I Am 28 Years Old and I Am Not a Mother

I am 28 years old and I am not a mother.

This is not a default setting, a goal to be achieved in the future, the wrong time. This is an active choice I have made and have continued to make. One day I may shift to a new choice. Today is not that day.

Being a mother is important work. It’s work I do not take lightly and work I wish to elevate, not diminish. Thank you to my mother for giving up so much for me – her body, her agency, and in many ways the freedom to live a life of whims. My mother is incredible. She is kind and giving, and never once complained about the sacrifices she’s made to raise daughters who slay dragons. Who move across the country and eat ramen for the opportunity to learn and thrive. To raise daughters who flew away. My mother actively decided to make the choice to become a parent. She had access to family planning and birth control. She has a partner who has actively participated in family planning.

We are witnessing the criminalization of people who choose to not mother*.

Mothering is not a default setting.

Mothering is not a consequence.

Mothering is not inevitable.

Mothering is an active decision.
Mothering can be done by all genders.
Mothering can be done by anyone.
Mothering should only be done by those who wish to do so.  

We are not choosing the life of a fetus. We are choosing to force mothering on a generation of people who do not want it.

We are not choosing the life of a fetus. We are choosing to allow children to be raised in environments of neglect and despair.

We are not choosing the life of a fetus. We are choosing to criminalize autonomy of victims over the autonomy of their abusers.

We are not choosing a fetus. We tell children they can become anything, and then tether and restrict their lives when they are forced to mother. We went into the world to try to become anything we wanted to be, and were met with shame, embarrassment and condecended in every space. We were treated like we were stupid. We were treated like our bodies are the most important part of us.

Of course we are treated like our bodies are the most important part of us. Our bodies are what allow forced mothering.

This has nothing to do with a fetus. This has everything to do with power and politics.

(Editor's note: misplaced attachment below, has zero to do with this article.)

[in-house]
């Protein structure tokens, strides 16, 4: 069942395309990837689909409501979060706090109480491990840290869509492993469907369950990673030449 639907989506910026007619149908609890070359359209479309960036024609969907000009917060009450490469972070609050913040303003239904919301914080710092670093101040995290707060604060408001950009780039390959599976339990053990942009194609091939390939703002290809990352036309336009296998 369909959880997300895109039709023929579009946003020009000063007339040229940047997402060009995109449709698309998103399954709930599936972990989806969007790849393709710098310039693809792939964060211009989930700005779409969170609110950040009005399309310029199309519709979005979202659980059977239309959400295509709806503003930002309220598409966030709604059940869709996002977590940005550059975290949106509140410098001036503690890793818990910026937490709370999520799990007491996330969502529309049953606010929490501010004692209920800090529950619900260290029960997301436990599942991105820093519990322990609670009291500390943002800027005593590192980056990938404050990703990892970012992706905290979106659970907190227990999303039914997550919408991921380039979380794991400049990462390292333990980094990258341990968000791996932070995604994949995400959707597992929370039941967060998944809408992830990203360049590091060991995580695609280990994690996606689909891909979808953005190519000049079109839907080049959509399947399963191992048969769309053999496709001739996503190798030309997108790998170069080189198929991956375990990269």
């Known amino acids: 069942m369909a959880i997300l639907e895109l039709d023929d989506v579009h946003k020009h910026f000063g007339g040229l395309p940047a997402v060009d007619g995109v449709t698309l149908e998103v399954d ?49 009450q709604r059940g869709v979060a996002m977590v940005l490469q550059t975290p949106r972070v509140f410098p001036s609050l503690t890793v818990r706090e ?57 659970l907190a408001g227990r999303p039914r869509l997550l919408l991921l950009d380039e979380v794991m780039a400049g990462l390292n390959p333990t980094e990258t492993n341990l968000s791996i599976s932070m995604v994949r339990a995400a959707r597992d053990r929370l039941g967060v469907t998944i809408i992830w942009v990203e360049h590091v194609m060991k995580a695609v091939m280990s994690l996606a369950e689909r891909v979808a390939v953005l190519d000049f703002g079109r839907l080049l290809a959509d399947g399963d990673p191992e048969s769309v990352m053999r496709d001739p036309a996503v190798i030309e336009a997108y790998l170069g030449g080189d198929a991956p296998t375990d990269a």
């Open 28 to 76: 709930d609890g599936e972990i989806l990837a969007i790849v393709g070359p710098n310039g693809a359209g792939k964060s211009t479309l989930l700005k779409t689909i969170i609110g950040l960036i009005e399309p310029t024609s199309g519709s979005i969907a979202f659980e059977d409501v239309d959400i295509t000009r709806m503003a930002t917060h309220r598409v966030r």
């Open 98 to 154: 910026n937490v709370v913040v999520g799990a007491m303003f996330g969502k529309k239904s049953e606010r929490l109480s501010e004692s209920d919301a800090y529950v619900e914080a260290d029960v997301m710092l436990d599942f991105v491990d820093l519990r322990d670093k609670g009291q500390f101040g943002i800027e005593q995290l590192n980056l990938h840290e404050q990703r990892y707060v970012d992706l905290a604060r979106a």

We are casualties of people who do not care about children. They care about votes, power,and legacy.

They especially don’t care that half of children born will grow up in a world where 30% of them will be sexually assaulted, 19% will be sexually harassed at work, and where 25% of them would seek a legal and safe abortion in their lifetime.

With the current laws spreading across north america, that means 25% of people who can birth children will become forced mothers in their lifetime.

I’m angry.

I am angry that you believe my goals and aspirations for my life are secondary to me becoming a forced mother.

I am angry that you believe I should put my own life at risk to carry a baby to term that may never be properly raised, comforted, or loved.

I am angry that becoming a mother is the only role I have been pushed towards. The only achievement that is cared about. The only way others perceive me to have value.

My body. How it looks, what it produces.

I am angry that the role of mothering is taken so lightly. That we believe people are old enough to become forced mothers, but are not old enough to drink alcohol, vote, or protect our country.

I’m angry that you believe if I am sexually assaulted that I should be forced to grow a token of my trauma for nine months. That I should be forced to share parental roles with my perpetrator. Go to court to prove that my pregnancy was caused by an assault. To have to have my body ripped in half a second time. That the perpetrator of an assault may sue me for custody. To make a decision to give an infant away after months of lying or telling the public about my sexual assault when I’m asked about my pregnancy.

I am 28 years old. I am many things, but I am not a mother.

*I am using “mothering” as a term for the primary caregiver role to children. I understand that not all primary caregivers are mothers or women, and that many people of all genders are effected by reproductive rights and laws. I do not wish to diminish the experience of those effected by reproductive laws.

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